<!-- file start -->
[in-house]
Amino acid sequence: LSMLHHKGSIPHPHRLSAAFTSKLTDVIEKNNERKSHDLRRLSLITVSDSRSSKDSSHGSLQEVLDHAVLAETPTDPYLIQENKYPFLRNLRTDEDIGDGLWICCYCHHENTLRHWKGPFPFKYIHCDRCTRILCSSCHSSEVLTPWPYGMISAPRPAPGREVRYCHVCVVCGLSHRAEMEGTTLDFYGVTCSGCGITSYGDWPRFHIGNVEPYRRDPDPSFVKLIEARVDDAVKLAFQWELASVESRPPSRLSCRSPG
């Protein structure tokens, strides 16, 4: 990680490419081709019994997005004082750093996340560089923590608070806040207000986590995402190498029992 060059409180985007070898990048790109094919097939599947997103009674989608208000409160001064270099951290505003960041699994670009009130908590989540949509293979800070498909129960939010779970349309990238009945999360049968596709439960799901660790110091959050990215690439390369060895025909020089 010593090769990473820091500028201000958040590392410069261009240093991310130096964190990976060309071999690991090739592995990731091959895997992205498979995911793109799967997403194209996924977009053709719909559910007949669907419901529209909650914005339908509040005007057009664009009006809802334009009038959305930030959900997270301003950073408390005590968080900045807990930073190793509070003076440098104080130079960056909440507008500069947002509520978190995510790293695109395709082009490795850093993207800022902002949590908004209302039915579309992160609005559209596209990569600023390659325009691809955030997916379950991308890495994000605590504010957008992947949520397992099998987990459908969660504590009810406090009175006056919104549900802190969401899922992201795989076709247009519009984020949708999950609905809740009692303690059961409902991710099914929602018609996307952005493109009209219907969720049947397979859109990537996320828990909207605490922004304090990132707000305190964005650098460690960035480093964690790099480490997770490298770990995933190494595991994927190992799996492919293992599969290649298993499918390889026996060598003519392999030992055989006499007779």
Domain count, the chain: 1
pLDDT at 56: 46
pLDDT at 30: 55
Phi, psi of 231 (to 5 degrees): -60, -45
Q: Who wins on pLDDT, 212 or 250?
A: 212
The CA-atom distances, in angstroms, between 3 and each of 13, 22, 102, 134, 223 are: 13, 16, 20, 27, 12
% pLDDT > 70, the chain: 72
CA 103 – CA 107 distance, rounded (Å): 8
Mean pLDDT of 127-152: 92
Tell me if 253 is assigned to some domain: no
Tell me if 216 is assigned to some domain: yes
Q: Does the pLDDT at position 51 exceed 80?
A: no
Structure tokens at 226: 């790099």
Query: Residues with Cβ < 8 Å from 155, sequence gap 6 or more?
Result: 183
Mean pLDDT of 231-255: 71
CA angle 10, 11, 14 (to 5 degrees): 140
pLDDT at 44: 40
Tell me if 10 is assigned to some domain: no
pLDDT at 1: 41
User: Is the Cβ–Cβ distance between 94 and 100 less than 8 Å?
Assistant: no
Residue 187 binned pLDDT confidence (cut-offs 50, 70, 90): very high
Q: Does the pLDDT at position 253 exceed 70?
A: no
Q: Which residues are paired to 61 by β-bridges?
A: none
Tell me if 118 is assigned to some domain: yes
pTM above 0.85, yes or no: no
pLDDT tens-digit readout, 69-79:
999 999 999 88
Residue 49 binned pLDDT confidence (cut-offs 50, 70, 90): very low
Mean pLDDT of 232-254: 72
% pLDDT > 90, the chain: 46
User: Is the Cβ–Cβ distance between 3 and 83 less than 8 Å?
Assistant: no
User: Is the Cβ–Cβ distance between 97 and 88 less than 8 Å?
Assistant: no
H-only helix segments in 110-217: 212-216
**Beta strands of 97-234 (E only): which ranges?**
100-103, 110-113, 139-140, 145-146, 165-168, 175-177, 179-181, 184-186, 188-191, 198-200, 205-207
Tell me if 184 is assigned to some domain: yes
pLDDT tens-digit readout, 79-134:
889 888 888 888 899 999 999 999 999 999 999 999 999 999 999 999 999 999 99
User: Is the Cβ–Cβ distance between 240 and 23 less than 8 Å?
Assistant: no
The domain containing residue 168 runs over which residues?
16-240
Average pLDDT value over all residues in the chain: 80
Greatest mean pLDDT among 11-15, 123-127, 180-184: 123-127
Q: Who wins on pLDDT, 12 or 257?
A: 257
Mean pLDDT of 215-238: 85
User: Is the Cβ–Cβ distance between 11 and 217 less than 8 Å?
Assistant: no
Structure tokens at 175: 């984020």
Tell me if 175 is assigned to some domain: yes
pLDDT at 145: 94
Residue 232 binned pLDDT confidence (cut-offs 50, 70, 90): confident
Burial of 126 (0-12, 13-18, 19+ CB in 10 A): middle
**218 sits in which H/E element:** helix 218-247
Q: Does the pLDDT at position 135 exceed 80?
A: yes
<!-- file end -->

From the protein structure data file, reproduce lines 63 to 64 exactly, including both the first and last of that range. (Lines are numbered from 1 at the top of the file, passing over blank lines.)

pLDDT at 145: 94
Residue 232 binned pLDDT confidence (cut-offs 50, 70, 90): confident